In healthcare and nursing, the ability to communicate clearly and compassionately with patients is among the most important skills you can have. Public speaking skills can help to articulate medical information, provide comfort and establish trust with individuals and their families. Whether giving a presentation to a group of patients or explaining a treatment plan one-on-one, effective public speaking often contributes to more positive patient outcomes.
Collaboration and Teamwork (Behavioral Health and Public Safety):
In behavioral health and public safety, collaboration and effective teamwork are essential. Public speaking skills aid in articulating ideas, sharing insights, and creating a more effective team environment. Whether presenting a case study during a team meeting or addressing the public during a crisis, the ability to communicate persuasively can improve overall decision-making and positively affect public perception.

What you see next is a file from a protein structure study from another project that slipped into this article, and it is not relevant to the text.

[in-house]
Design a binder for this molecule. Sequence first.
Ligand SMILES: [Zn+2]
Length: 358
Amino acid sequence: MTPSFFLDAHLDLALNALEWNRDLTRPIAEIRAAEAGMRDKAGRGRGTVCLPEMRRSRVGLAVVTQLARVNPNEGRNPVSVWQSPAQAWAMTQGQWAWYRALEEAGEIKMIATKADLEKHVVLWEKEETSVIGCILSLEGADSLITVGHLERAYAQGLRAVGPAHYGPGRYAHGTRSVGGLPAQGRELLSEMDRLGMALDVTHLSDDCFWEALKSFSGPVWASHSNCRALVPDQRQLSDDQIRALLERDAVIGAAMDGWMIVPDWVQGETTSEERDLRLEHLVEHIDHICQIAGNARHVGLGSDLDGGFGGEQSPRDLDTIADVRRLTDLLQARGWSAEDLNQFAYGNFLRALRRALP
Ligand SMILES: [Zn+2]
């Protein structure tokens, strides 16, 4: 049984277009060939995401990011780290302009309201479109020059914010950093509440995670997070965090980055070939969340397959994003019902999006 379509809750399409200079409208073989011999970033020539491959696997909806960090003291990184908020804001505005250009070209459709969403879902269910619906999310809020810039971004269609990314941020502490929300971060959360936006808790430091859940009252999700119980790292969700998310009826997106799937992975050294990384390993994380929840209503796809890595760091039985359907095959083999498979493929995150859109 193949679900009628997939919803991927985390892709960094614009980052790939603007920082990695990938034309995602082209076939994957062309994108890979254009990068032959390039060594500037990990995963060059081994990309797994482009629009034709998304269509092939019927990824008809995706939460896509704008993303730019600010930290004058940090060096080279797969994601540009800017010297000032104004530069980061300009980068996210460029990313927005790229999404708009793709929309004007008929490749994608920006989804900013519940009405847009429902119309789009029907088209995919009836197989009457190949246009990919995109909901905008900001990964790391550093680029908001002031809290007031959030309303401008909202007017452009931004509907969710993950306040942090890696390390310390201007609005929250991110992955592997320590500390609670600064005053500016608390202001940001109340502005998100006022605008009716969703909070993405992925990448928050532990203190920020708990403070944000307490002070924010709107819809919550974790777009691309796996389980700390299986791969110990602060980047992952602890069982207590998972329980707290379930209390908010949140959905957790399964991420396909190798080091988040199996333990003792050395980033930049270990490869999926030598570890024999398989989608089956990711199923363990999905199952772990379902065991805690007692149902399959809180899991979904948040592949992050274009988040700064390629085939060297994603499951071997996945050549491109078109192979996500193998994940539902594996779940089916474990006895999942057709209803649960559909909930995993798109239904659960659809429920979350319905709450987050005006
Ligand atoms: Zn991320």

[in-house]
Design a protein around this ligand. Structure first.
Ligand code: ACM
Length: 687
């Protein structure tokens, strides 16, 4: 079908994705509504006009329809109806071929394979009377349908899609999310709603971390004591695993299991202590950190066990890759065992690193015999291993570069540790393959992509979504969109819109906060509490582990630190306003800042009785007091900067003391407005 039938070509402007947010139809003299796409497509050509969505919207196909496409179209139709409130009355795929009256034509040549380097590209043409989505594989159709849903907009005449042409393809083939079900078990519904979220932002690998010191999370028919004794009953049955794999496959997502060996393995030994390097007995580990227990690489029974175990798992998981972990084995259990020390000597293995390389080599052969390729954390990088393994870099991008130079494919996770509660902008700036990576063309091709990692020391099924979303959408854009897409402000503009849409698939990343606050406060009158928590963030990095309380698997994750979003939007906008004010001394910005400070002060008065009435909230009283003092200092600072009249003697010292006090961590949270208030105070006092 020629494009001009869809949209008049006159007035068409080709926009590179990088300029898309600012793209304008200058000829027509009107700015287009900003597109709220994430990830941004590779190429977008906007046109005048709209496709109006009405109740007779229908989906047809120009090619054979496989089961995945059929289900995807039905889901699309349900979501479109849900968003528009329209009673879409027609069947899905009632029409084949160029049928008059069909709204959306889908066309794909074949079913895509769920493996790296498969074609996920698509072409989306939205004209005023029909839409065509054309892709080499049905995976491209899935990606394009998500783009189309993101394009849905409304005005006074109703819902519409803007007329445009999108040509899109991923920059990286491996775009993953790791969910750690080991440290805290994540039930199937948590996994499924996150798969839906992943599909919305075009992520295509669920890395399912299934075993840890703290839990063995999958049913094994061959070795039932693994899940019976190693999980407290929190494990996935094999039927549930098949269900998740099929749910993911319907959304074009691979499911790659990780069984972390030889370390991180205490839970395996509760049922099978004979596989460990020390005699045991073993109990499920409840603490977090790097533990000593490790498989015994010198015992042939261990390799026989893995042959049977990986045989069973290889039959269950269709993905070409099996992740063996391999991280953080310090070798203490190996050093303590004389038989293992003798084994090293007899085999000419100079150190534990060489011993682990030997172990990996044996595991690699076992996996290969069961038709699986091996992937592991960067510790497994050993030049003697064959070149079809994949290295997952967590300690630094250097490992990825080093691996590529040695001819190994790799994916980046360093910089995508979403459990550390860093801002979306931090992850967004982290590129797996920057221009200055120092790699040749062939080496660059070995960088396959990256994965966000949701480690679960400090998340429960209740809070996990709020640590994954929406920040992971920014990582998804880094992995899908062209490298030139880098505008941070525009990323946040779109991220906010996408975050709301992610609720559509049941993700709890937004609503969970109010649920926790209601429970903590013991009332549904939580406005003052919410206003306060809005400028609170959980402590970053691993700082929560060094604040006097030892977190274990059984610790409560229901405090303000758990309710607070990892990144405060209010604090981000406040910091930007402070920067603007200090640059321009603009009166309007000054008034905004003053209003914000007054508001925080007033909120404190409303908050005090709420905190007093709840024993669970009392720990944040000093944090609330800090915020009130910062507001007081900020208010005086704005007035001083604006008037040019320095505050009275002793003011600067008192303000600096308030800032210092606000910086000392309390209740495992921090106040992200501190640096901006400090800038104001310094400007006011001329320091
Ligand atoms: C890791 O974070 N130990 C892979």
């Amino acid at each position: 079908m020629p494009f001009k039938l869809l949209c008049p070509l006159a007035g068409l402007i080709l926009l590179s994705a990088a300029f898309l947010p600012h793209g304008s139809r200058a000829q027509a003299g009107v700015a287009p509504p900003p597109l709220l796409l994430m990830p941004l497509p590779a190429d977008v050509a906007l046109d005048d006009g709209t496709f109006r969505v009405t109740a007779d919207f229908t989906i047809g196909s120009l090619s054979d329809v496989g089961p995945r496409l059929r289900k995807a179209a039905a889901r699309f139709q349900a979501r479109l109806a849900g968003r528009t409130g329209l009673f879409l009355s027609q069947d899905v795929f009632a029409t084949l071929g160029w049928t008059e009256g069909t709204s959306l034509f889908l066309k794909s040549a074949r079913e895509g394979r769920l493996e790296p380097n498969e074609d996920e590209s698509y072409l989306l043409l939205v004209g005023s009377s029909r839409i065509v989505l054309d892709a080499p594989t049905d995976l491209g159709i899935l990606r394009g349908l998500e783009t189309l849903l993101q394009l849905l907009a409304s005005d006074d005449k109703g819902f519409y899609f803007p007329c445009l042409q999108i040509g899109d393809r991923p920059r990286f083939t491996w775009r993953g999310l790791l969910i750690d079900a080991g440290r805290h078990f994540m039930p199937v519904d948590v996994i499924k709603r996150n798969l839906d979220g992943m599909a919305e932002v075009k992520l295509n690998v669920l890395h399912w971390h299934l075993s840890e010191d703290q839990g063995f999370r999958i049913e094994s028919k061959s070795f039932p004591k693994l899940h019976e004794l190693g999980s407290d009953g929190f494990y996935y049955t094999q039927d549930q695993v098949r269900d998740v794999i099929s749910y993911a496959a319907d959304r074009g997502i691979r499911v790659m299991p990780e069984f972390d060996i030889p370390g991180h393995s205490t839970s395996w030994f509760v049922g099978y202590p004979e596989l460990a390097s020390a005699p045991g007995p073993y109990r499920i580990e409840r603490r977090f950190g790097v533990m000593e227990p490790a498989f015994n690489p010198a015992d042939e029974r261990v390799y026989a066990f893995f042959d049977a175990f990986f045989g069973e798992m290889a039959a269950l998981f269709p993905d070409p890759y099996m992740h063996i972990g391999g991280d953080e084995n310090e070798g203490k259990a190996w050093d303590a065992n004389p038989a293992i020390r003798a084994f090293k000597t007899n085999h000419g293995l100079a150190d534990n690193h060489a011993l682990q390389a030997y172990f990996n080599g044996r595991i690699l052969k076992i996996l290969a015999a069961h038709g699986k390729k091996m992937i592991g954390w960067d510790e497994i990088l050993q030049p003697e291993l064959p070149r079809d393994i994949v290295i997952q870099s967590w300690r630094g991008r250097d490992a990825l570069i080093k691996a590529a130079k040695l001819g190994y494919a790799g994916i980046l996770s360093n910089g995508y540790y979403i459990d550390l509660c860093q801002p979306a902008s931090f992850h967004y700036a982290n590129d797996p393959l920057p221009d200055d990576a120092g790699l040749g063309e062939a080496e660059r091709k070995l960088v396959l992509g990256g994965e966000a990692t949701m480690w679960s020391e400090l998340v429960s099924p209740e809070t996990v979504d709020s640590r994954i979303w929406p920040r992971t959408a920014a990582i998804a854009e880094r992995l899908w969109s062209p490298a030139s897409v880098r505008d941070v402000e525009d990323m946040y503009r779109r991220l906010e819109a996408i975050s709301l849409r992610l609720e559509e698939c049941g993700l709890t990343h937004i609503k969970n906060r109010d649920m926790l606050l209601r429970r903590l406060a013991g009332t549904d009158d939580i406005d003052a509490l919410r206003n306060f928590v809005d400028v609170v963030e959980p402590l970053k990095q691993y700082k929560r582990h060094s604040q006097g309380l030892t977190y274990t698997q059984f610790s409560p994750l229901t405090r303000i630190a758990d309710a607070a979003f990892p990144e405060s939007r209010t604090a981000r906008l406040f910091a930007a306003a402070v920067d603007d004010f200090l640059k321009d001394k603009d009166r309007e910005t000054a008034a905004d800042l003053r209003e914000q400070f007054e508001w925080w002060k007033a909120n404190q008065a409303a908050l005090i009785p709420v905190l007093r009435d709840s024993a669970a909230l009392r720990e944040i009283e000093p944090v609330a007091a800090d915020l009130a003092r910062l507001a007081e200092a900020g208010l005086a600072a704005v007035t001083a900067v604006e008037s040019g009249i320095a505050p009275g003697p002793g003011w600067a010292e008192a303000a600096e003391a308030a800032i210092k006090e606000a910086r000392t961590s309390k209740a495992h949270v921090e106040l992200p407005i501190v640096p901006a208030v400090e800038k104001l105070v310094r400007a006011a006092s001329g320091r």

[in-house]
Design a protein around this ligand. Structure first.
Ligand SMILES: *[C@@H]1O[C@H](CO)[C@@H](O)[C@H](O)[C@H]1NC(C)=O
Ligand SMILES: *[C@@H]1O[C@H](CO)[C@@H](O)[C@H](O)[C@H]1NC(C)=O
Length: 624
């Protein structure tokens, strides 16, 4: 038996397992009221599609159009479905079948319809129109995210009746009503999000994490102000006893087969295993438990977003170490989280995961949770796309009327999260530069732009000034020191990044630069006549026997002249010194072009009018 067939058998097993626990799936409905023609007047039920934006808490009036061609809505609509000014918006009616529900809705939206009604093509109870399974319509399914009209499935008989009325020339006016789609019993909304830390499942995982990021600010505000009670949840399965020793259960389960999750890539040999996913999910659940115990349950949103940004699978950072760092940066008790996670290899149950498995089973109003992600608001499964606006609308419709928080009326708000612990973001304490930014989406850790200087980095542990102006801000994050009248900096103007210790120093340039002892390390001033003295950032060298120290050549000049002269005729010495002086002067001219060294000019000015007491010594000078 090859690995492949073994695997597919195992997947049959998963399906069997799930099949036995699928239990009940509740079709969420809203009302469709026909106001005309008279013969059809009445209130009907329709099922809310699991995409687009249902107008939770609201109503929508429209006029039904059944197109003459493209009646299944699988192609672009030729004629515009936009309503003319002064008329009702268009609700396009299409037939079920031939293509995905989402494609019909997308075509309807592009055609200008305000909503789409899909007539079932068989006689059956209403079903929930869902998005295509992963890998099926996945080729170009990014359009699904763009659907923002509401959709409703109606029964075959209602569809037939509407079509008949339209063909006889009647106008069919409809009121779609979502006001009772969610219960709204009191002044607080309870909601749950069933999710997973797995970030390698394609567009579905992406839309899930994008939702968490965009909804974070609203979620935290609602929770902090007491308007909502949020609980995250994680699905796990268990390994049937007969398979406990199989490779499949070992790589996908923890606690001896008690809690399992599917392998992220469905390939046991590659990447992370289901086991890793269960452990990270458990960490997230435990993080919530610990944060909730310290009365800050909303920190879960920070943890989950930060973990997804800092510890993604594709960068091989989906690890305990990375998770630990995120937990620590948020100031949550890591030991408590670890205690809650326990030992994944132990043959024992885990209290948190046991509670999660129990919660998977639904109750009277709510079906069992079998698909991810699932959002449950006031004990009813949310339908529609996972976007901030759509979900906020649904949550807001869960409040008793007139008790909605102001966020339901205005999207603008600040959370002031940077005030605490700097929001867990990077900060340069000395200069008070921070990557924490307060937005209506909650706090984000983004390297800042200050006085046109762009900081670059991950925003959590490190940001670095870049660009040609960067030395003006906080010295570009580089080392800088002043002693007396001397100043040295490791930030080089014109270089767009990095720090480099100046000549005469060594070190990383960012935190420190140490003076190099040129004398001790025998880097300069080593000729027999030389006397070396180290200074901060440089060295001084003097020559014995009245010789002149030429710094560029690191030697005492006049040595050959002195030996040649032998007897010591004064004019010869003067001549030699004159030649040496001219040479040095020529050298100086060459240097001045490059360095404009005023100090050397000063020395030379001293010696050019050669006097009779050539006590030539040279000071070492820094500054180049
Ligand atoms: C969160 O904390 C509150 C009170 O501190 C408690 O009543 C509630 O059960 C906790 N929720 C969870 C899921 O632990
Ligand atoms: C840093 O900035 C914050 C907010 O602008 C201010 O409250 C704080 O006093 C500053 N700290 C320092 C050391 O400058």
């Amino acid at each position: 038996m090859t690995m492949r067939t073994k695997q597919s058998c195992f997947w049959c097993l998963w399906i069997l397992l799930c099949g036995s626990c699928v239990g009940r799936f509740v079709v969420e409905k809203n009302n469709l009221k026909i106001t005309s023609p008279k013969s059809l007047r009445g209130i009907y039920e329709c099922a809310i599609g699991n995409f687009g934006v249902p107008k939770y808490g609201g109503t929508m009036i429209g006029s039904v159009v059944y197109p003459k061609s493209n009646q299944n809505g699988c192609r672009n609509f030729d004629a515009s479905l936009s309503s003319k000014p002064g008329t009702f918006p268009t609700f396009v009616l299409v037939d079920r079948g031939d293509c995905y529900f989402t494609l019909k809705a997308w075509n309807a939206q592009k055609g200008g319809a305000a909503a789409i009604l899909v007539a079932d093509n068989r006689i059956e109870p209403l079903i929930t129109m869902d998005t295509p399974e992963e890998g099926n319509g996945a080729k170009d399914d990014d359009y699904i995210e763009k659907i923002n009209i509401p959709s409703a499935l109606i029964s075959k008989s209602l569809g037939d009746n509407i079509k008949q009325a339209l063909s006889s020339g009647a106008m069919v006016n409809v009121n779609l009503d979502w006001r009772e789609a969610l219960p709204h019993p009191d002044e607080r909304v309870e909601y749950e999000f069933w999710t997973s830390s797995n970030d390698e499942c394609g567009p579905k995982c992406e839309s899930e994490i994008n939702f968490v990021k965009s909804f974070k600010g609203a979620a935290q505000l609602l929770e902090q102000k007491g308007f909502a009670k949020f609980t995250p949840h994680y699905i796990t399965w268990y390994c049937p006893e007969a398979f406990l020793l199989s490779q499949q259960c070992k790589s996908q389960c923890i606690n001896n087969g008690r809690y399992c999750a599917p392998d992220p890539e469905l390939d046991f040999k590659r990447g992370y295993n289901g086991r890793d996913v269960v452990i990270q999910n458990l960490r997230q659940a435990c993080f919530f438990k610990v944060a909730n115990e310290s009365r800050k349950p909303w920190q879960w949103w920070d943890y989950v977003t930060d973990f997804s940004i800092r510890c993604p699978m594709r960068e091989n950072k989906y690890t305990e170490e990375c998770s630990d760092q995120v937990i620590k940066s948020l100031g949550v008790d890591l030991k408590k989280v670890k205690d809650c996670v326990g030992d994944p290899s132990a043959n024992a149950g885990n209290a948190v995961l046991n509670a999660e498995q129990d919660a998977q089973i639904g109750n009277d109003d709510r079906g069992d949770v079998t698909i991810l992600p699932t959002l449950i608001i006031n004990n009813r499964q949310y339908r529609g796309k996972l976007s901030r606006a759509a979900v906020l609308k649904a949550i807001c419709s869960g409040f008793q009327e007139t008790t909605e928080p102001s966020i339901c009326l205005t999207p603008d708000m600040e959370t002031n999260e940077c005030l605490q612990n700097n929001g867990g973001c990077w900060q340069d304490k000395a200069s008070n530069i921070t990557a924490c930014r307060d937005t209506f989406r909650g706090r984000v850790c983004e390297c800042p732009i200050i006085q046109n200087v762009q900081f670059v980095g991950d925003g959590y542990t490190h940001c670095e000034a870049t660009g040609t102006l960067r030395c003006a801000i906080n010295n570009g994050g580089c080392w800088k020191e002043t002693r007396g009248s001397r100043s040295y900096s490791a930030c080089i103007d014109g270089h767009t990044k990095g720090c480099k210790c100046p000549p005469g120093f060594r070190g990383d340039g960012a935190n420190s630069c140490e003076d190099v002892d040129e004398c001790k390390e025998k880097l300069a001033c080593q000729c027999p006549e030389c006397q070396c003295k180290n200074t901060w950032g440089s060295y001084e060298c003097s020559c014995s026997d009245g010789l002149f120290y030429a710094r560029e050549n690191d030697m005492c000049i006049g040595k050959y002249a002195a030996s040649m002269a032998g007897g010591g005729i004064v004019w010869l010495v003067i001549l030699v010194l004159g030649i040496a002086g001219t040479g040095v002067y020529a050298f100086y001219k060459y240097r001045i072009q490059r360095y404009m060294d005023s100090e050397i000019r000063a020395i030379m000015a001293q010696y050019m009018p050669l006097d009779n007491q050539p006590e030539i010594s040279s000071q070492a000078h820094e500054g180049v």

Project Pitches and Client Meetings (IT and Business):
In technology careers and business, you’ll often need to present projects, ideas, or proposals to clients, stakeholders or team members. Public speaking skills help to effectively convey complex information, gain support and secure funding. Whether you're presenting a software solution or pitching a business strategy to hospital administrators, the ability to articulate your ideas clearly will influence that project’s success.
Strong communication skills can be a bridge to a better career path and the ability to influence and engage with more people in your professional and personal lives. Part of the time you spend in your classes at Herzing University is about more than just giving you knowledge or letting you test your honed hard skills in real-world settings. You’re also asked to write down that knowledge, present that information in front of a classroom and explain your thought process in real time. Every day you do this, you’re getting better at it. Keep going, keep practicing and soon the confident public speaker you’ve had inside will be visible to everyone who works with you.